By Michael Phillips
Recently, the Grammy-award winning musician Sturgill Simpson remarked on how Kentucky is “Musically speaking [Kentucky] is the most culturally rich pocket of American existence outside of jazz.” And from this rich culture, other modes of expression and creative opportunities have arisen from its inverse: counterculture. At the forefront of this turn in the visual arts is the Louisville native David Cook, aka Bonethrower, who actively subverses and pushes against pop cultural notions of artmaking and art consumption.
Cook would eventually relocate to Brooklyn and then to Los Angeles. But before his departure from the Kentucky, he molded an aesthetic that would enable him to push his work into unexpected places – like from popular touring bands like Mastadon to international brands like Adidas.
An Incubator of Counterculture
In an interview with Juxtapoz, he frames his upbringing and early influences as being centered on a punk / DIY aesthetic. Skateboarding was monumental to the formation of his early craft, where he would begin to see how many different places people could display their art — like on “griptape and shoes.”
Cook found these points of access to be immensely motivating, since he could start to think about the infinite possibilities of where his art could be displayed. Because he didn’t come from a privileged upbringing, he didn’t receive the same kinds of training that other burgeoning artists might receive. Instead, he “just decided one day that he would simply make his daydream into his day job,” according to writer Mark Brickley.
One way he would start to focus his creative energy would be through Louisville’s local independent music scene. Cook would contribute art to limited release EPs or fliers to help advertise shows for local bands. But as he honed his craft, he developed a new strategy to navigate one central challenge to his art production: his own colorblindness. Without having the natural ability to mix paints, Cook had to adapt his illustration and painting styles to negotiate his disability.
To navigate this major early hurdle in his craft, he put his head down during this period in the early 2000s and got to work. While still contributing to local musicians’ work, he would produce filled sketchbook after filled sketchbook, often focusing on the figure of the bird.
Leaving the Nest
After laying low for several years honing and refining his talent, Cook in the mid-2000s would decide to leave his Louisville home to venture to Brooklyn, NY, where the possibilities of working with more bands would inevitably arise.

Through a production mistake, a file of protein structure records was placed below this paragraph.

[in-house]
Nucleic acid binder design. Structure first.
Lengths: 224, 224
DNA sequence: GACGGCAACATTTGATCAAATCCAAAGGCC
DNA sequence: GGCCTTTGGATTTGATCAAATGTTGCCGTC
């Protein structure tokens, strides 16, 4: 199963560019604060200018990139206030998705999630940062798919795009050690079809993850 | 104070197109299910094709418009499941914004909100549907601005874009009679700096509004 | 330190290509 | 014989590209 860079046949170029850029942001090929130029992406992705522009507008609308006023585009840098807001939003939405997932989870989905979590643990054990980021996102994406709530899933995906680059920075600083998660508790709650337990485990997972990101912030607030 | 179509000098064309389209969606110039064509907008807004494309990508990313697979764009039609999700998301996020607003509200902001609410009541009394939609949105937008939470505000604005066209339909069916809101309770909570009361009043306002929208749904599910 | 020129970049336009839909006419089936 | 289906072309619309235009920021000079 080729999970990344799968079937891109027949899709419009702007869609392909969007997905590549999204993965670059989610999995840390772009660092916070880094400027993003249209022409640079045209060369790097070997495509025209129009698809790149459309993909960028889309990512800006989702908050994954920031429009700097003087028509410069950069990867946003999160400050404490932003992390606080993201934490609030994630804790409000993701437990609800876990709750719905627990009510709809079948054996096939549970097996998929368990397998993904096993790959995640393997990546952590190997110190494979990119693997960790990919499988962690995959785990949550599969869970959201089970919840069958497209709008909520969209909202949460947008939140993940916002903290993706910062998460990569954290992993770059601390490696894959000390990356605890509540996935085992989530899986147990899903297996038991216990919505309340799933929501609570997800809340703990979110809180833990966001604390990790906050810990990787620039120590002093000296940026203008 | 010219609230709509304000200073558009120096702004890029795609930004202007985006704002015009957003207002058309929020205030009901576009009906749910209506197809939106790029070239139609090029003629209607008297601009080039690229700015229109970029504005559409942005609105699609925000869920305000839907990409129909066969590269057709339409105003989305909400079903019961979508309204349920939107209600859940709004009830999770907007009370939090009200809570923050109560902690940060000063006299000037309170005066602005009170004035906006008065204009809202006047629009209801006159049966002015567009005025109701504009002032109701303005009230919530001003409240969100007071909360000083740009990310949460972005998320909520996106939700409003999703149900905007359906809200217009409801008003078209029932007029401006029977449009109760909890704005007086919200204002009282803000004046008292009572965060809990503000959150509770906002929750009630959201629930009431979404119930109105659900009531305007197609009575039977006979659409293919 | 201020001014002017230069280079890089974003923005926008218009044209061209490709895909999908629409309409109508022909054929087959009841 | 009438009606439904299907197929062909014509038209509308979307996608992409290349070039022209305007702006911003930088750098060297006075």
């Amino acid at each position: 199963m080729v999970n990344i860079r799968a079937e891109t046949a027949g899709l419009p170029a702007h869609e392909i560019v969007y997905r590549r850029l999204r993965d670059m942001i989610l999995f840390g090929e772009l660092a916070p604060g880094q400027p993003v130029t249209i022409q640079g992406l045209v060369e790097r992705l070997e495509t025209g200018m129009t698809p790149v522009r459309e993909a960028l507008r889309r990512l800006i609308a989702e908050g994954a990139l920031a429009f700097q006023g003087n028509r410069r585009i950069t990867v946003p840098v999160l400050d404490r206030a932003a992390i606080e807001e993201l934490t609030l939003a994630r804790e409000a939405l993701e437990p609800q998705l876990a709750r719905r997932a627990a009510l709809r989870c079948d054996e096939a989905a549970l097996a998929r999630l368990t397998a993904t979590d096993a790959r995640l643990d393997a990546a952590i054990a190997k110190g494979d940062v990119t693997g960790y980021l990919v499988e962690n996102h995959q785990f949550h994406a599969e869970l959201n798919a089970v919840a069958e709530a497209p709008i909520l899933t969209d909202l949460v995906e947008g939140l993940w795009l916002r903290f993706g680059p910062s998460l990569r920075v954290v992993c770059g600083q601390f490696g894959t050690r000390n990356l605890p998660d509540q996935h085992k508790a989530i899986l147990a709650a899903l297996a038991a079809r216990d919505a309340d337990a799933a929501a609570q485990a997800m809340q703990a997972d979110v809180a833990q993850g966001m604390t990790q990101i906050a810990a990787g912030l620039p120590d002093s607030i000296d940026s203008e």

According to an interview with amadeus, a publication that highlights the work of independent artists, Cook would channel his DIY upbringing with skating, punk, and making art to position himself as a successful artist in LA. He maintains how, above all, he still prefers the opportunity to work with musicians to help create a visual direction for a cover, tour, or merch project.
Even though he’d produced art for several local bands back home, Cook found his big break into that scene through a flier he did for the massively popular metal band Mastadon. The work he contributed to the band was a radical departure from their usual branding, which typically featured more overtly brutal subjects and figures.
Like Justin Kamerer aka Angryblue, Cook incorporates a level of camp into his art production. Cook’s work explores admittedly darker themes and subjects, but it transgresses these themes by approaching them through the lens of humor. Through the use of lighter pastel colors, he, in his own words, “uses no shortage of fine lines to design a world that is equal parts modern mysticism and memento mori—at the end of the day, it all sinks in like a psychotropic drug.”
As an artist who’s spent a good portion of his professional life making art for bands, he’s also created his own music. Through this approach, he’s been able to collaborate with major acts over the years. His project The Aasee Lake was featured on a split 7” with post-punk juggernauts At the Drive In when they were in their prime.
The Aasee Lake was hugely significant to the local hardcore and punk scene in the late 90s / early 2000s, and their legacy has helped create an environment in the city that cultivates a network of local projects that collaborate and support each other.
A Legacy of Art Production in the Commonwealth
David Cook owes some of his artistic inspiration and success to the ecosystem that helped cultivate his creativity. Kentucky has also served as the launchpad for a number of other artists because of its rich creative history. Tony Moore, a comic book and graphic novel artist who was born in Cynthiana, went to school in Louisville, the place that helped propel Cook to his success as an artist.
On October 23, Moore will sit down with University of Louisville professor Joe Turner to discuss what it means to be an artist from Kentucky, the role that art plays in the Commonwealth, and the future of art production in and coming out of the state. Join us for the Colonel of Comics: Zombies, Anti-Heroes and the Art of Tony Moore as we dive into the mind and creative process of a modern comic master.